Recently, I just completed my third half marathon. I seem to have the habit of training really hard for the event at hand and then stopping until I have to start training from the beginning to get ready for the next race. For the first time in my running career, I’m wondering what to do instead of becoming a couch potato. While discussing this with a friend, she suggested that I do some research. I did, and I found that I should spend a few days after an event doing normal activity and work on maintaining my fitness. As I was reading about this, I couldn’t help but wonder how this relates to my courses and teaching. Do my students feel they’re running a half (or even full) marathon? Am I helping them with a training plan or asking them to just run the race at the end?
While I was training, there were specific days of cross-training, running, and stretching, and this reminds me of my students. How I am supporting their training (learning)? How am I challenging them along the way to prepare them for the assignment, test, or paper? What have I implemented in my course that allows them some time to rest and recoup or really stop and reflect on what they have learned?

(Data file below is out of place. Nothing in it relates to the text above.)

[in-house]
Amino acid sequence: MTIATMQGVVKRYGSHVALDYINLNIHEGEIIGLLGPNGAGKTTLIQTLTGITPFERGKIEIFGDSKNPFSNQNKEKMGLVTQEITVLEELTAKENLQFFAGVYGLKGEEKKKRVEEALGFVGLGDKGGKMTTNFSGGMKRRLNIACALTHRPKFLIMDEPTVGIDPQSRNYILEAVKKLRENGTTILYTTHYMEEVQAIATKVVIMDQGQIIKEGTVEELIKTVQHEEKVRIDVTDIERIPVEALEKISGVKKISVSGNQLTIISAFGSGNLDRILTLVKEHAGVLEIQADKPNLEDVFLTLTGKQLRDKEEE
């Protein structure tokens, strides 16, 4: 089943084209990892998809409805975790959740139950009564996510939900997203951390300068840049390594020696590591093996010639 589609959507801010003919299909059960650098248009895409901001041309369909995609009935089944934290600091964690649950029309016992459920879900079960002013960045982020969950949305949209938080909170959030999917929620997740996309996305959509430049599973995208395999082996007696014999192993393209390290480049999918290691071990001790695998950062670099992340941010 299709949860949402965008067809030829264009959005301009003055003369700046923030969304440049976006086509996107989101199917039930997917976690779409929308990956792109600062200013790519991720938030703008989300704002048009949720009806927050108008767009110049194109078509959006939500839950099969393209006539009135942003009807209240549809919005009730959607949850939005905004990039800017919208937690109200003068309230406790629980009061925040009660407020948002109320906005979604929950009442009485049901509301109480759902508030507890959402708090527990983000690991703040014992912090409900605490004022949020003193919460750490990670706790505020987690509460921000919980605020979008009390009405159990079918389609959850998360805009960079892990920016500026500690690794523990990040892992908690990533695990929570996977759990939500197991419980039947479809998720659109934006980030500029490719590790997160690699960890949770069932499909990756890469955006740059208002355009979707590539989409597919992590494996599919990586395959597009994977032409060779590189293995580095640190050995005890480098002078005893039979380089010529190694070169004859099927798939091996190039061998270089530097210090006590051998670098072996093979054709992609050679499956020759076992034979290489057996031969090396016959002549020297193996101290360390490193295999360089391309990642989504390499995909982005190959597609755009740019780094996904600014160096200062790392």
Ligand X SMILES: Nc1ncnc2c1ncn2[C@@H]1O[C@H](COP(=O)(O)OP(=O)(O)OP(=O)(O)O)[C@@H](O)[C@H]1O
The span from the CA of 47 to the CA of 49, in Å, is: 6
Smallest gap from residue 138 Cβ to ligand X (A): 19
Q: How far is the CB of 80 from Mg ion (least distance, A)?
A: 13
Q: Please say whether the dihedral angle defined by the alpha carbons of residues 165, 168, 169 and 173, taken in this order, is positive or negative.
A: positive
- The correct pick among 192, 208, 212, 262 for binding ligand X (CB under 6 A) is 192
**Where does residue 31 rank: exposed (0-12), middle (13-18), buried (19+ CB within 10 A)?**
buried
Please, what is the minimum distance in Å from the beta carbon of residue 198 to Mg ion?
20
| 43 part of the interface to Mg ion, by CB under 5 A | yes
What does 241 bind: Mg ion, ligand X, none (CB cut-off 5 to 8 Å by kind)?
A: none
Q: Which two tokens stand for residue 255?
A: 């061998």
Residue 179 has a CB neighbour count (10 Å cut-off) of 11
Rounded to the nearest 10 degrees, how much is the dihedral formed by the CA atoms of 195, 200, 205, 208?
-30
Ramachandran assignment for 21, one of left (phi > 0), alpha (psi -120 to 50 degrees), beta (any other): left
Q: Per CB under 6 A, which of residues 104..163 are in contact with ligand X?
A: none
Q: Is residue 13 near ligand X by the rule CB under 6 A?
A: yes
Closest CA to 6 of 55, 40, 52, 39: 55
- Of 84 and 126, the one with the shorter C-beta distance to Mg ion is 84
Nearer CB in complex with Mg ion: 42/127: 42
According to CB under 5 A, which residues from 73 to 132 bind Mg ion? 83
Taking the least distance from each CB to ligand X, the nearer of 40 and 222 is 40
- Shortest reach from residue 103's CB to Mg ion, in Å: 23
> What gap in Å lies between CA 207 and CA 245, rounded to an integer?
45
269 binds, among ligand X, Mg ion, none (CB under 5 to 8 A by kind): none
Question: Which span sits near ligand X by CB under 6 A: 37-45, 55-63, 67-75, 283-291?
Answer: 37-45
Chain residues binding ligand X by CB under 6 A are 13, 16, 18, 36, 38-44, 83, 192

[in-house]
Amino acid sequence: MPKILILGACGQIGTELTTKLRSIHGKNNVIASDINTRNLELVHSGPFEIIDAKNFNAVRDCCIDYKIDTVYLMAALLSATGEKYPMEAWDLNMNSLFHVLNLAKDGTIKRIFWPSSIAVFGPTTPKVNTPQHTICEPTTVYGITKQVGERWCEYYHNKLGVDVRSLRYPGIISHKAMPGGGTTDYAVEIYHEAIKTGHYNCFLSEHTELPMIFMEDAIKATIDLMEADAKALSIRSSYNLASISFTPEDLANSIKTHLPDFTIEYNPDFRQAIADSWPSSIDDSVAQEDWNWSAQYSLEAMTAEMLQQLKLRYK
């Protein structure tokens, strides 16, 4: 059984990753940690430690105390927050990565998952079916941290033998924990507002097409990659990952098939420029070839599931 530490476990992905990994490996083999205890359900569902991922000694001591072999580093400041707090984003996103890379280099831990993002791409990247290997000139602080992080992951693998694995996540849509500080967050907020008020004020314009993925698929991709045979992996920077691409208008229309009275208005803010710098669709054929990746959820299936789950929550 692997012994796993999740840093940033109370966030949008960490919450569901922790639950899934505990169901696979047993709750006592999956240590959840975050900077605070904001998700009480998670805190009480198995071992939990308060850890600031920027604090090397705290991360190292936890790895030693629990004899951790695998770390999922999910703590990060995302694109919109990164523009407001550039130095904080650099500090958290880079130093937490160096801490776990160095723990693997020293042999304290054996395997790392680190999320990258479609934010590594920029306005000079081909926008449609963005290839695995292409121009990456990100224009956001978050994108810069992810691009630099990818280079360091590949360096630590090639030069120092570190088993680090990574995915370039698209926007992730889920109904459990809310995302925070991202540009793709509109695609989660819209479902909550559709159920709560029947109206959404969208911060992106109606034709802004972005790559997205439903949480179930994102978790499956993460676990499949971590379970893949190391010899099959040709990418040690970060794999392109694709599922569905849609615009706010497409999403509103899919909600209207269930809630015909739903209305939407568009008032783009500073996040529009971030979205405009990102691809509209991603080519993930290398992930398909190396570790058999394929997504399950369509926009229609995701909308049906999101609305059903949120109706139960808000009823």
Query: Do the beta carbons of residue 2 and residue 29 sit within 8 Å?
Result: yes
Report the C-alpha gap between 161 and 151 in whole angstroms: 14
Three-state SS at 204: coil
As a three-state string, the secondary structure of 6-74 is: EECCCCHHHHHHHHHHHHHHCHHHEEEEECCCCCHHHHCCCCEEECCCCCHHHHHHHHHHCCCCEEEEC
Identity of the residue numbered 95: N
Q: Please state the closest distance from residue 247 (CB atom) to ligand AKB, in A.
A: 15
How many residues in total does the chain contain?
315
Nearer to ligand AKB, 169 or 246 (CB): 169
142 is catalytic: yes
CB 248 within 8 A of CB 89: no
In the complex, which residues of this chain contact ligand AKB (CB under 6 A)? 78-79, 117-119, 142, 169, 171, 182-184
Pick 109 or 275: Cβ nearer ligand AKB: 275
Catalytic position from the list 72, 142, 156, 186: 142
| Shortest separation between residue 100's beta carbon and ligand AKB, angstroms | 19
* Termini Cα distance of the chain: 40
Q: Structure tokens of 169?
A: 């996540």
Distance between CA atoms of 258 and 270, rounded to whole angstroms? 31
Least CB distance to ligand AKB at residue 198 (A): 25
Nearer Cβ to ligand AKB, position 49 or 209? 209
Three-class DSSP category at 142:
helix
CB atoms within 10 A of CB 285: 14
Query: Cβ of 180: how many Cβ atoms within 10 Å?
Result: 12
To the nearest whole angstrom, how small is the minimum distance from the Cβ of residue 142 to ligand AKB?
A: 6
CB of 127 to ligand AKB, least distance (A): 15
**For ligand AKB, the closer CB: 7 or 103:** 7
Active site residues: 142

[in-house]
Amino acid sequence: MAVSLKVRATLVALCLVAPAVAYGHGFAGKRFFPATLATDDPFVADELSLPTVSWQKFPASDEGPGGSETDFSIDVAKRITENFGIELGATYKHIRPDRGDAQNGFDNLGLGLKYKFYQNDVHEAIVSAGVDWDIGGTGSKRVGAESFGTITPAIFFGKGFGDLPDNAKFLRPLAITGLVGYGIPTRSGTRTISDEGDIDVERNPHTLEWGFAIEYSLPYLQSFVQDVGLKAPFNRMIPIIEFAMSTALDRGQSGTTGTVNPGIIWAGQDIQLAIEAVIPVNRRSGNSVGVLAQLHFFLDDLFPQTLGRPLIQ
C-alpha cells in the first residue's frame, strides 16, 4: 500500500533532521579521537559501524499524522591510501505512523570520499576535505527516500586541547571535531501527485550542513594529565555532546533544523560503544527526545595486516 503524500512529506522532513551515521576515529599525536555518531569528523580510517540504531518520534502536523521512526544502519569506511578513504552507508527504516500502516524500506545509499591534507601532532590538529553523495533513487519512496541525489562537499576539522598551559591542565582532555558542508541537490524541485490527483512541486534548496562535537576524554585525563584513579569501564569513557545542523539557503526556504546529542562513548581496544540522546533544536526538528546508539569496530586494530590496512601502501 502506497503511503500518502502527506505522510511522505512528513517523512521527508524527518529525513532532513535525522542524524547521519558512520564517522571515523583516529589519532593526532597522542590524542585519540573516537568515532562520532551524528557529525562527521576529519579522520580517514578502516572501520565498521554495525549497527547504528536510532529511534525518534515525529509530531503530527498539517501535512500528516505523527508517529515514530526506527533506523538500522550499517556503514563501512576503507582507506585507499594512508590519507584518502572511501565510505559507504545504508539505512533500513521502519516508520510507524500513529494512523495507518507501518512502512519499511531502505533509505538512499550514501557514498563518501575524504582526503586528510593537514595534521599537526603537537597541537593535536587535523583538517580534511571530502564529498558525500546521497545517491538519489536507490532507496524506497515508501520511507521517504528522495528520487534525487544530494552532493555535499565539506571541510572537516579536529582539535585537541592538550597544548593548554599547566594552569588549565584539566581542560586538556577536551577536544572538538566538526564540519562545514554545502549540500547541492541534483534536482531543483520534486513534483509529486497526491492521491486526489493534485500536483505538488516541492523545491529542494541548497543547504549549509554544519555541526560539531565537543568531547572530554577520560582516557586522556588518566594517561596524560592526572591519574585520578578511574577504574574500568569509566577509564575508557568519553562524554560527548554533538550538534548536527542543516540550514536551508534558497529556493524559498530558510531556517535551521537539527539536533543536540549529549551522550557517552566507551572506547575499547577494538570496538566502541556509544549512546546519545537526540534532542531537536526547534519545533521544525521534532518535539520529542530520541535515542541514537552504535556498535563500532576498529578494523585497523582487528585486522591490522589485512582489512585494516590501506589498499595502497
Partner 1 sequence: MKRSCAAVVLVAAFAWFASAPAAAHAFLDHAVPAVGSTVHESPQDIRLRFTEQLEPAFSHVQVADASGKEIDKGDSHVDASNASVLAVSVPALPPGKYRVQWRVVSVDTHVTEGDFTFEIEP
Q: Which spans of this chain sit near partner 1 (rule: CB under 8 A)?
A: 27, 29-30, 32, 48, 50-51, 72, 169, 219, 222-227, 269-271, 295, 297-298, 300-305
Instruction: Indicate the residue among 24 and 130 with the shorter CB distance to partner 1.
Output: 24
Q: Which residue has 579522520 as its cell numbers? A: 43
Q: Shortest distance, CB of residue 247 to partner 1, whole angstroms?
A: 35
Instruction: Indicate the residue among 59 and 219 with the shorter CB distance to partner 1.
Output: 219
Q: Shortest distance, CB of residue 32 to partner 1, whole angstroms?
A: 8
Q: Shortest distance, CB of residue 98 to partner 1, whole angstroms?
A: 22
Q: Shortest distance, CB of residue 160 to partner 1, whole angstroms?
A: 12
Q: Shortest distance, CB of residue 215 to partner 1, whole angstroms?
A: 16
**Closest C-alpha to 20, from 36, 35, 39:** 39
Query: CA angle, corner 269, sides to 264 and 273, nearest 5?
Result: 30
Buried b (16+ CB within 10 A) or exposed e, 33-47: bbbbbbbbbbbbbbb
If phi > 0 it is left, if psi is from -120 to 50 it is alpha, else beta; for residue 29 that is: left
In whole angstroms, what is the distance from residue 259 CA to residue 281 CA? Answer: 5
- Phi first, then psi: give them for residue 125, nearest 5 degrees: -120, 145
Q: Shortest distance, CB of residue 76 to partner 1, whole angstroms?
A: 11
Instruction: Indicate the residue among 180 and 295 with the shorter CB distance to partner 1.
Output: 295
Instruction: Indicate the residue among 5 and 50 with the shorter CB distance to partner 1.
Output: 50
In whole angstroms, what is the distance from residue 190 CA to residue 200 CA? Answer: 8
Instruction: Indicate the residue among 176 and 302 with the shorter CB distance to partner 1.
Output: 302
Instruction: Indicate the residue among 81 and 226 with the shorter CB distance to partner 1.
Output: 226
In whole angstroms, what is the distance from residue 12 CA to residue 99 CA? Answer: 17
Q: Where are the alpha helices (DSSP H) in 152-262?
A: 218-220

The semester is coming to a close, so I know that every moment counts (see more on this here: Make it Count!). I plan to check in with my students for these last few days and see how they’re doing. Are they understanding the objectives of the course? Can they answer the question we’ve been working on all semester? Do they feel they’ve improved as writers and readers? How are they contributing what they’ve learned in my class to their other coursework and to other aspects of their lives?
Also, what do they plan to do this summer to help them stay academically-minded instead of completely starting over when the next semester starts, like I’ve done for my previous half-marathons? As cliché as it sounds, there is no time like the present. Now that your students have come this far, what next? Feel free to share your ideas below!